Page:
He follows his artistic muse wherever it takes him. Terry Allen is far better known as a visual artist and sculptor than a musician, but it’s cause for celebration when he returns to his music.
Arriving in Texas in the mid-seventies, everyone in the know seemed to have a copy of Allen’s debut, Juarez, even though it’s initial release had been limited to 1000 copies. Most Texas music milestones made perfect sense to me, completely congruous with the culture. Juarez was something else entirely. Who begins their recording career with a weird, violent and sex-filled concept album about four people making their way to Mexico? The follow-up, Lubbock (On Everything), Allen’s 1979 paean to a hometown he had long deserted, was equally unexpected. It blew away every preconceived notion of this dusty, conservative college town. Full of droll humor and outsized characters viewed through an artist’s prism, his songs were heartfelt and sardonic. the album would become one of the state’s most revered recordings. “I don’t wear no Stetson,” he proclaimed in “Amarillo Highway” (his only song to be widely covered), “But I’m willing to bet, son / That I’m as big a Texan as you are.”
Allen has never quite topped Lubbock. His few recordings sprinkled over the decades have stuck to the blueprint, though, mining his peculiar bent for observation. (1999’s bitterly funny Salivation is a personal favorite).
Just Like Moby Dick is Allen’s first set of new songs since 2013’s Bottom of the World, and reunites the mainstays of his Panhandle Mystery Band with newcomers like vocalist Shannon McNally and co-producer Charlie Sexton.
Now 76, Allen’s narrative style of singing can sink to a low whisper. Moby Dick is a collaborative venture – McNally backs up his vocals throughout and sings two songs on her own, one of them written by Allen’s multitalented wife Jo Harvey. The troika of the Panhandle Mystery Band – drummer Davis McClarty, steel guitarist Lloyd Maines and the wondrous Richard Bowden on violin – sound potent as ever. Sexton’s production makes it all sparkle.
But it’s Allen’s lyrical gifts that keep us coming back. Moby Dick begins with a trio of his finest songs in years. Houdini’s rueful denial of spiritualists figures in the opener (“Even though / he wanted it to be true”). “Abandonitis” compares abandonment to a disease the “doctor can’t cut away”, and suggests the suffering is universal. “Your folks are dead / or maybe just drunks”. “Get in line,” he intones.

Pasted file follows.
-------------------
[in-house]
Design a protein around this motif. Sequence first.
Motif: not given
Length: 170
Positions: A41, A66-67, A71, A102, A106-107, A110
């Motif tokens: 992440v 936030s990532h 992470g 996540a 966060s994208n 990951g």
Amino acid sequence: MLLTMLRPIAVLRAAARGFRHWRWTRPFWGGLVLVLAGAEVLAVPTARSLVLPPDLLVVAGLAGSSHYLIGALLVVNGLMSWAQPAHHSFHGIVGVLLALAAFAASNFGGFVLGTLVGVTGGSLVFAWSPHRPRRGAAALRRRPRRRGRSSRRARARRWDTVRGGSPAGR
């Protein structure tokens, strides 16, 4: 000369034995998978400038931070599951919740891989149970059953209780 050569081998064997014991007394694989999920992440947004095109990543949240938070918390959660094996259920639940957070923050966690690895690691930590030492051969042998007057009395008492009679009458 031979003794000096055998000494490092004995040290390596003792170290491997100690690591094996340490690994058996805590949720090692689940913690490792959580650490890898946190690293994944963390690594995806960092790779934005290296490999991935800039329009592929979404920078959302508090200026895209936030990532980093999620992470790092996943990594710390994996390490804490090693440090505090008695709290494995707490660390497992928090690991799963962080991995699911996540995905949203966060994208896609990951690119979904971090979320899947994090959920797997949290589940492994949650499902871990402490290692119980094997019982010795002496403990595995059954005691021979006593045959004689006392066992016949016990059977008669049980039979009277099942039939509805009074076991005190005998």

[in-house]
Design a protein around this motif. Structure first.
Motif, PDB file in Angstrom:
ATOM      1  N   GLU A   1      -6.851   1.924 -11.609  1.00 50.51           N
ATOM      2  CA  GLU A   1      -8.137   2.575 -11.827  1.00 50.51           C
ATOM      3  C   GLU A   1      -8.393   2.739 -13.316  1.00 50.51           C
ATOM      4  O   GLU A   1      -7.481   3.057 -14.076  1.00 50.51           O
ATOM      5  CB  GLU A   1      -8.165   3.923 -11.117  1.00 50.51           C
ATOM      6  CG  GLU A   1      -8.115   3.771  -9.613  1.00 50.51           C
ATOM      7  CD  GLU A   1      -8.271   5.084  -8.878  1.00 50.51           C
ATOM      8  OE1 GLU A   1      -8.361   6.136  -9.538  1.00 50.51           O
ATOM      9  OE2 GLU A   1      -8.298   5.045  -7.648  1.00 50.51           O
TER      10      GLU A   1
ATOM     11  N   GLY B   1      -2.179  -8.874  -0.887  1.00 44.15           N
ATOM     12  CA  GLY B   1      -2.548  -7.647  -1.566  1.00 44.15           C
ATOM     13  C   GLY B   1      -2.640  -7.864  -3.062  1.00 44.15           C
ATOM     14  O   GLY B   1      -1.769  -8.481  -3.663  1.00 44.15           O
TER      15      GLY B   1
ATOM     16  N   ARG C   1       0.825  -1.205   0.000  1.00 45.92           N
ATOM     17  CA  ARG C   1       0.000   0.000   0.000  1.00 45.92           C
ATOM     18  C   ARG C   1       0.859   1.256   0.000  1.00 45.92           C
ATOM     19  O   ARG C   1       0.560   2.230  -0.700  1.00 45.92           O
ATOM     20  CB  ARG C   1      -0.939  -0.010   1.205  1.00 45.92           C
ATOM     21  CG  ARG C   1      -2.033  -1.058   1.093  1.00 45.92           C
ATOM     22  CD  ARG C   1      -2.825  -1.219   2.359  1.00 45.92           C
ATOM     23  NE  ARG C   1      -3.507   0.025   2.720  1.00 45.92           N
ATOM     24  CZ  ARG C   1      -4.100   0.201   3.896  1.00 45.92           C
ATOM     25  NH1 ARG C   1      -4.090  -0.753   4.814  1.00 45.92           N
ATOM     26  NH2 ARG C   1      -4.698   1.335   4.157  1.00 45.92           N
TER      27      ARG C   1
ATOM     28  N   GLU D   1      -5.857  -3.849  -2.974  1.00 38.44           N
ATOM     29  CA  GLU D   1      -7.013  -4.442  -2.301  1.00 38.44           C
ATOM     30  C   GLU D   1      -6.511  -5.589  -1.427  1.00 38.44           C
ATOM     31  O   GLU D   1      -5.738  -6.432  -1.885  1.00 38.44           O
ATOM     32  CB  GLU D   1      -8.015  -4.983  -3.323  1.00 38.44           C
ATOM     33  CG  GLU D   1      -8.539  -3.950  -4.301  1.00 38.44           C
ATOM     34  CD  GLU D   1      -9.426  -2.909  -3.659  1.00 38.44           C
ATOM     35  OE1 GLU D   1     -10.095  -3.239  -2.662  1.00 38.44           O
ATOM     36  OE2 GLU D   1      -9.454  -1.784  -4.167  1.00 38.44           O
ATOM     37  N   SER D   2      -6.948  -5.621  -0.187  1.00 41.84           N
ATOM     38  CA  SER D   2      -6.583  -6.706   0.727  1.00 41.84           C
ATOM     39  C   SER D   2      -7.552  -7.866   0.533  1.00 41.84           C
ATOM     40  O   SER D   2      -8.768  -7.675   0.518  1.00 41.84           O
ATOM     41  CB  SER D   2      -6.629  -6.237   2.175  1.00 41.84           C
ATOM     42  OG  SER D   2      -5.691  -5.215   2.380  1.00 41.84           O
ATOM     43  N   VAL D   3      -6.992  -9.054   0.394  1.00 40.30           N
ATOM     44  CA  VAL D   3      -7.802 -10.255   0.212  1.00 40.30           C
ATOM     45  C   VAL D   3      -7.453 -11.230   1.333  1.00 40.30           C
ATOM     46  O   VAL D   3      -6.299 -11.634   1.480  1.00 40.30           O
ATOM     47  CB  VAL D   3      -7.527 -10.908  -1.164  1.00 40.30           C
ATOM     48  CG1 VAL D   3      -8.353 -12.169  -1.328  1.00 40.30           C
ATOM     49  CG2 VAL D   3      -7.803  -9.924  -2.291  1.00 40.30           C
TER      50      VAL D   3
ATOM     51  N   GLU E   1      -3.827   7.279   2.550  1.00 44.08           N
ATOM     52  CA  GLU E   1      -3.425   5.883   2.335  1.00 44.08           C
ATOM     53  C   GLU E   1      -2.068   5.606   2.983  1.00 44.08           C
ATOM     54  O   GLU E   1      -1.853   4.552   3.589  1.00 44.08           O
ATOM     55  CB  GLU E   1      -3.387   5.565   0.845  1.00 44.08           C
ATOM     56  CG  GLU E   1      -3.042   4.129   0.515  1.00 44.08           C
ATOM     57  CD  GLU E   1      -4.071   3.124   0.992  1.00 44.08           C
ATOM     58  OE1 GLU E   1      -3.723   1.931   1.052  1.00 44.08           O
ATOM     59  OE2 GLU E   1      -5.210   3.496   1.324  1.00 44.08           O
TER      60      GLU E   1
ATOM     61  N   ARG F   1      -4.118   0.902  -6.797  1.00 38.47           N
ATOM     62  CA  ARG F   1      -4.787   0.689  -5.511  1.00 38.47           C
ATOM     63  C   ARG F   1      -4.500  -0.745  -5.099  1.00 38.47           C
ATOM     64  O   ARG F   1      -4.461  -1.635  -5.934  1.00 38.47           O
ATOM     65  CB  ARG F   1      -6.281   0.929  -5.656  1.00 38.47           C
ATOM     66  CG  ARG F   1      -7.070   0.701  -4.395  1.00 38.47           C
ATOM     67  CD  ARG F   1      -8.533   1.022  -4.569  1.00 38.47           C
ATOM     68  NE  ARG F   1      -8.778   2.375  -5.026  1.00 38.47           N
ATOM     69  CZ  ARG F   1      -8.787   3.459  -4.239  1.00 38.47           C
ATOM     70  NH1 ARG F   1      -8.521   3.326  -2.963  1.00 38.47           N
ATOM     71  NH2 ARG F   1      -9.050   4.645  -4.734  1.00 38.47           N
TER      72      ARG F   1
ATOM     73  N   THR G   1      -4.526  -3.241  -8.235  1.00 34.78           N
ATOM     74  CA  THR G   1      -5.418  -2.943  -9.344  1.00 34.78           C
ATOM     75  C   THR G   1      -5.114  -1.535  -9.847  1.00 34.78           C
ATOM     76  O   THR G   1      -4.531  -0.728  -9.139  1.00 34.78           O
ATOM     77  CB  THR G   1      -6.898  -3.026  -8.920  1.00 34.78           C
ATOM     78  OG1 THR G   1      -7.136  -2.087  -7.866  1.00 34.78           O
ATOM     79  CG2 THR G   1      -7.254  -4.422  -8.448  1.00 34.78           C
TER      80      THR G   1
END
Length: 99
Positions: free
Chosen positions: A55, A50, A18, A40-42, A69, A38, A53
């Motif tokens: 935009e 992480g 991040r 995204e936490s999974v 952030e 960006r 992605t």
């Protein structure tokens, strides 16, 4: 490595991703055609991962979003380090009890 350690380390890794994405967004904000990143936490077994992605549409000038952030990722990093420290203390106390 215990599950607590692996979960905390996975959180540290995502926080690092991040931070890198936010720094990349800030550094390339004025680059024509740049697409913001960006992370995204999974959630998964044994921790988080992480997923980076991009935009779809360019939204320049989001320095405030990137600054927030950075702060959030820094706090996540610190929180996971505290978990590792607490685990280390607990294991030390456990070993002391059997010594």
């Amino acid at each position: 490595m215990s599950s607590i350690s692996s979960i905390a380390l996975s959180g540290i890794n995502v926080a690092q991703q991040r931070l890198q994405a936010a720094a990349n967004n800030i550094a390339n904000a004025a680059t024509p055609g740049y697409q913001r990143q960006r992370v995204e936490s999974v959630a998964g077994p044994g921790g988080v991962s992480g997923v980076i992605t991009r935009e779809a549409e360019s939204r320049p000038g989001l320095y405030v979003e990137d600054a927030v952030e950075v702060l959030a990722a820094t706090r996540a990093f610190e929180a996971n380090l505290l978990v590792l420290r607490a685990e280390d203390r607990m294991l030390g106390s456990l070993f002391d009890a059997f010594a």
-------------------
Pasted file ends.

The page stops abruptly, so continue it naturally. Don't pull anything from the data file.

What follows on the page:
Better yet, the poignant “Death of the Last Stripper”: “She had a boy / With some guy from Fresno,” it begins. ‘Where he is now / None of us know / She had a number / On some paper in her purse / That was the number / We tried first / But nobody answered / Every time we tried / We’re the only ones in the world / Even know she died.”
Beyond that, Moby Dick runs the gamut, with gems (and a couple of misses) peppered throughout. “American Childhood” somehow rolls teenage horniness and the “endless fucking” wars of Vietnam and Afghanistan in one suite of songs. There’s a tale about a circus rolling into the “City of the Vampires”, a somber shanty called “Pirate Jenny”, and the closer, “Sailin’ on Through”, which has the feel of a career coda.
There’s little tying the songs to the album’s jokey title, which is probably the point. Allen’s work can range from the tautness of Hemmingway or Carver all the way to the absurd and mawkish. They’re nothing like Melville’s tome, especially in their brevity. For someone who bestows his musical gifts way too infrequently, you’re always left wanting more.
Review by Jeff McCord, KUTX Music Editor